From the November/December 2020 Gold Prospectors Magazine
by Kevin Hoagland
Alright, gang, this one could tax your stream-reading skills. An old favorite spot of mine from years gone by that is being prospected again by my prospecting buddies Kevin Bell and Rick Hallows. (Rick, thank you for snapping this shot.)
Interesting enough, when the photo got sent, I moved on from it thinking it might be a bit too tough for some. Then I thought, to hell with it, gotta jump into the pool sometime just as I did 30 years ago in this same spot. It hasn’t changed much and after sharing with KB my thoughts on “Where’s the Gold?”, he told me the gold is still dropping out in the same place.
Here is what you are looking at: two rivers left and right at the top of the photo — I’ll call those NW & NE— and a gulch coming in too as all head in from the west.
Here are some hints: I dredged in this spot almost 30 years ago; it is known for flooding and fast water at times; and here are the biggies: River Right (NE) is wide and really deep, River Left (NW) is shallow and some of us call it rocket water coming into the confluence, and the Gulch … the gulch will just tear you to pieces when it is in flood stage.
Look closely at everything you see. When I first prospected this spot, I was standing almost where this picture was taken and there is a lot of information to take in. Remember, look at everything.
The obvious spot of the inside bend (bottom left) is not the spot.
Let’s start with the cobble and rocks (mid photo). Notice they are neatly lined up going across the river, then a break and they pick up again on the other side a little further upstream? Almost looks like a broken levy. This is caused each year by the gulch entering into the channel with such force that the east to west pressure pushes the water just past the confluence of the two rivers to the far or right-hand bank.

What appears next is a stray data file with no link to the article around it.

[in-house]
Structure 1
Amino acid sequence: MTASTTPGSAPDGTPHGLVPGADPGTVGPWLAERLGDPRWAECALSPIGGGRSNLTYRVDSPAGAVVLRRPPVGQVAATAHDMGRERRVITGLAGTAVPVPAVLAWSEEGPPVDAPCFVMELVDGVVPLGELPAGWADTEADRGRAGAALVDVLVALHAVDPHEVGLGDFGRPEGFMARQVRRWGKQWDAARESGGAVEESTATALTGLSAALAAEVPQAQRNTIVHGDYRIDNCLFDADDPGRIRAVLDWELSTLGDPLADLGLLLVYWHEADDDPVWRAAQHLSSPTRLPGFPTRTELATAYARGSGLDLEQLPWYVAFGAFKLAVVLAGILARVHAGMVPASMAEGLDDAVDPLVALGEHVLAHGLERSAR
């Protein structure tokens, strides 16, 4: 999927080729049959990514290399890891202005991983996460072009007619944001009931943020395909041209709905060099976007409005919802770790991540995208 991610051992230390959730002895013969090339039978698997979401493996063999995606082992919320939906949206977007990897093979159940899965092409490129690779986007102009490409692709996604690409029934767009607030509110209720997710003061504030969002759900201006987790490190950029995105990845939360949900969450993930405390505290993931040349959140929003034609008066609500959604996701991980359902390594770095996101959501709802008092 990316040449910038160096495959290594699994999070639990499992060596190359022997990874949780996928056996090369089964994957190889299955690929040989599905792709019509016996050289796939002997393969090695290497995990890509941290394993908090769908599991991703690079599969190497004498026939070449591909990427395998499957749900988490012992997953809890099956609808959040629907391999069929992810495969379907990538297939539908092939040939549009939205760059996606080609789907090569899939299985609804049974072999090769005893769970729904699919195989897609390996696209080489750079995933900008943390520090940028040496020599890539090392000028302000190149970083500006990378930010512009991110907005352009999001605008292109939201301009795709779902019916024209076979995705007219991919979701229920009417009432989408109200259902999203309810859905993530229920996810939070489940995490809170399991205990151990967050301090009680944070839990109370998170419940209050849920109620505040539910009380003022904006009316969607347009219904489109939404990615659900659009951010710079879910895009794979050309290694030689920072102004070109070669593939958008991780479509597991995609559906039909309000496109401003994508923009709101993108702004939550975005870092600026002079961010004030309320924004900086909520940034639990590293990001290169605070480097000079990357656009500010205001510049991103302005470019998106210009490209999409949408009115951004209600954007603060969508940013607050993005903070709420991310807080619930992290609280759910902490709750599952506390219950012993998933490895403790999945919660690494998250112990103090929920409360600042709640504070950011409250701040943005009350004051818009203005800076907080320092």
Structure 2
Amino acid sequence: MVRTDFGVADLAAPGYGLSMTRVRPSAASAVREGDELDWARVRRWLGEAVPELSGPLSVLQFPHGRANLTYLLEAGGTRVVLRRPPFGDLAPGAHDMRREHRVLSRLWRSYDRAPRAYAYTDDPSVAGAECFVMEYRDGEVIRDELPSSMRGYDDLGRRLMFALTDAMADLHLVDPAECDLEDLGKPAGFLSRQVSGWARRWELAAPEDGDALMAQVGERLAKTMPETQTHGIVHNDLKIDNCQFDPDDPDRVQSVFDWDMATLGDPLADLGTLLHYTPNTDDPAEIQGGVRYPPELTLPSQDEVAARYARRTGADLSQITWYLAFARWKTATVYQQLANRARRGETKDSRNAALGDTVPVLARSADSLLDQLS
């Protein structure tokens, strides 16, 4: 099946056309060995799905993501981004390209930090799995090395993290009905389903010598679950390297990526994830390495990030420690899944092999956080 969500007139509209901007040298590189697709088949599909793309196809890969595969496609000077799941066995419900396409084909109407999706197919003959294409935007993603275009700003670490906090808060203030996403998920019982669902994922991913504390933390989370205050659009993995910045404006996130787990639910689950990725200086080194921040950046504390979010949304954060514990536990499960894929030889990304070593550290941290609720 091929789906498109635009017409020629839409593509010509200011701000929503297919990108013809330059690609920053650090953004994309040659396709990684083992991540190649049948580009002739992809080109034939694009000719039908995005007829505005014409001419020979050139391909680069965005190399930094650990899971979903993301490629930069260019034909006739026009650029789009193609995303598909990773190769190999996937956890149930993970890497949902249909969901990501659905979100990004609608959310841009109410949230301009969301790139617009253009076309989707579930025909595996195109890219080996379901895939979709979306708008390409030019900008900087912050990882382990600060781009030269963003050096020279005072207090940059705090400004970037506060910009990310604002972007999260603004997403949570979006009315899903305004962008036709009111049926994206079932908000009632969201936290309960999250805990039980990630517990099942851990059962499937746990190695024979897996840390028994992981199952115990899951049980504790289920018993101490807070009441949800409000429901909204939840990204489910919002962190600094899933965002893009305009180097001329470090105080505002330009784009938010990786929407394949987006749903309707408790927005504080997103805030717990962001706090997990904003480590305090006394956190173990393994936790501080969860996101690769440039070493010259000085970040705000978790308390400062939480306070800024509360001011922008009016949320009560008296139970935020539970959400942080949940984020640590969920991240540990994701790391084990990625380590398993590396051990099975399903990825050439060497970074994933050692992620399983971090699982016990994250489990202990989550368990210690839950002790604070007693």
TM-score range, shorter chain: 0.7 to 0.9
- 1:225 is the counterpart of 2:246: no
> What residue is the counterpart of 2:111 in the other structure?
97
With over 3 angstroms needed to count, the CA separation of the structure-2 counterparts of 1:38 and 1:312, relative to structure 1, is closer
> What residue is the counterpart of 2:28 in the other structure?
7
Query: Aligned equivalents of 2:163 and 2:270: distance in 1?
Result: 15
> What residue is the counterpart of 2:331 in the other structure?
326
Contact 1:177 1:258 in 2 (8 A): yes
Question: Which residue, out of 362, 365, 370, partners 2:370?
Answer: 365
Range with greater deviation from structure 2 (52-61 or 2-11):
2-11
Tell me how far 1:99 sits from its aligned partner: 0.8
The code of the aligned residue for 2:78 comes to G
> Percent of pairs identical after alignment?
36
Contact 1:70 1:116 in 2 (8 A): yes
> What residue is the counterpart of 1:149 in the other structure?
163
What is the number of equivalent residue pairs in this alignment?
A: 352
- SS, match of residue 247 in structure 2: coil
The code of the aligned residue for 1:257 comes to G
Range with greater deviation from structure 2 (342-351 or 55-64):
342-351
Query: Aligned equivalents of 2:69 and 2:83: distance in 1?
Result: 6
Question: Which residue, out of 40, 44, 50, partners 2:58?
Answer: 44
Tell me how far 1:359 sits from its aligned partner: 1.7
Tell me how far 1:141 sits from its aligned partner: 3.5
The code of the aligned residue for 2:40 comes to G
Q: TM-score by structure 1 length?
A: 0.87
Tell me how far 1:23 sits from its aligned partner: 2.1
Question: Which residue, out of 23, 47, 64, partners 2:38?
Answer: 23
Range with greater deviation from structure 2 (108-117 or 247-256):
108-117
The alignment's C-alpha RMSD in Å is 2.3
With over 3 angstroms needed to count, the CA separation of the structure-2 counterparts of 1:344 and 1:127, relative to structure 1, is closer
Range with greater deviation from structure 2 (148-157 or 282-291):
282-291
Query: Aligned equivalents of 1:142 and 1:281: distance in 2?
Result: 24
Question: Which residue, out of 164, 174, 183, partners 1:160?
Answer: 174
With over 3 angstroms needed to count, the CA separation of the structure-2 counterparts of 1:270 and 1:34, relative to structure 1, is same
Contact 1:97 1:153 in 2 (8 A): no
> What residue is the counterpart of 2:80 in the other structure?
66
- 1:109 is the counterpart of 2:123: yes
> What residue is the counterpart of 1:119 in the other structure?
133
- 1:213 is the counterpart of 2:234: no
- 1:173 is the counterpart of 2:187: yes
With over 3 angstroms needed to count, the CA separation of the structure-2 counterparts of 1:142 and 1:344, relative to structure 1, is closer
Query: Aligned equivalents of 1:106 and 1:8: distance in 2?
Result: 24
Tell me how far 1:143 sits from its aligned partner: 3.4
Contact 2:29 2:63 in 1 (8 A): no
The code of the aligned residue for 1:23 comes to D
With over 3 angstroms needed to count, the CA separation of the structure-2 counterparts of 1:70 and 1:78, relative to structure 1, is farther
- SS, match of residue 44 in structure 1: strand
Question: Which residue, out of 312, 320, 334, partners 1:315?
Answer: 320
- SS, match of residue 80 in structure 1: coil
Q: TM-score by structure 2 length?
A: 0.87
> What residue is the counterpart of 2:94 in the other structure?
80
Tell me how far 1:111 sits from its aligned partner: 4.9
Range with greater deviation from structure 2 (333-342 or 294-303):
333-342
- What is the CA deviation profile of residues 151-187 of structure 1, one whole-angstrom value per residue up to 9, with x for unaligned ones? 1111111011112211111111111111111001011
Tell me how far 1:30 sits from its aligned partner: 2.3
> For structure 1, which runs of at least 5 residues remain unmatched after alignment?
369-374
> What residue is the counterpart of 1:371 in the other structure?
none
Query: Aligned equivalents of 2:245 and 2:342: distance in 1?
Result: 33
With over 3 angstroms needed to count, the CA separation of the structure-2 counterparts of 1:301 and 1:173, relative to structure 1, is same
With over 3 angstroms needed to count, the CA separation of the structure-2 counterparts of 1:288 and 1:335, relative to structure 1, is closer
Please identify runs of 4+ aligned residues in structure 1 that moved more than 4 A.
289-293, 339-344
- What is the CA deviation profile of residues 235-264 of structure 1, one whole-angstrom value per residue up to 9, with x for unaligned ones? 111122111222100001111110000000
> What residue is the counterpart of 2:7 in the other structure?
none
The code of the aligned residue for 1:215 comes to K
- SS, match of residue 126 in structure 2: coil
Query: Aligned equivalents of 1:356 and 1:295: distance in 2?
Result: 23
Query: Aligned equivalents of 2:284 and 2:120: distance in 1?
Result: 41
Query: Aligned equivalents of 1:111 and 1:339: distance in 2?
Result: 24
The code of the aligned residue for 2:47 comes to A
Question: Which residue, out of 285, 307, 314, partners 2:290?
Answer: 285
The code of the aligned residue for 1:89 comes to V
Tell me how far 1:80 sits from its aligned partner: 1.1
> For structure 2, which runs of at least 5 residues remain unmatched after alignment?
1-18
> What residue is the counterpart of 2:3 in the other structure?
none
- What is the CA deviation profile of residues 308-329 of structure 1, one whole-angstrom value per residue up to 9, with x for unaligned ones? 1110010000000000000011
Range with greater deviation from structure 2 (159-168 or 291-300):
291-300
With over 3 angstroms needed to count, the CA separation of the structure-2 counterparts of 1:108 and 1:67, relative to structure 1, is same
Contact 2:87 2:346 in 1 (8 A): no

Remember the hint about the right river being wide and deep? Wide and deep means a lot of water flow but not necessarily a lot of dominating pressure, like a volume pump compared to a pressure pump.
Now take the left river, which we’ve called rocket for a reason. At the confluence the PRESSURE is so great that it pushes the VOLUME river to the east. Now add in the gulch’s pressure heading straight across both of the rivers just past the confluence and you have all the gold heading for the far bank from under the trees, to the flats and downstream for some distance.
The items that you need to look out for when in an area like this are many. I’ll list a few and you can email with any others you spot.
Circle: Grass, branches and other detritus in the tree some distance above the water. Look around the photo and you will see other areas of detritus in different spots. This gives you an idea at the flood stage rise in the rivers and the gulch. But there is something else as well. The gulch will never flow at the same volume of the rivers. It will, however, flow with enough force to (I’ll call it) tunnel into the mains and push it around from a level below that of the now wider, more powerful and faster water past the confluence. Take a look at the drawing below. It will help in understanding the power of water and its ability to move gold.
I hope you got something out of this “Where’s the Gold?” It makes me feel really good knowing that my prospecting techniques that got me on the gold in that spot are still valid and still used in the same spot all these years later.
Kevin Hoagland is the Executive Director of Development at the Gold Prospectors Association of America and the Lost Dutchman's Association of America. He can be reached at firstname.lastname@example.org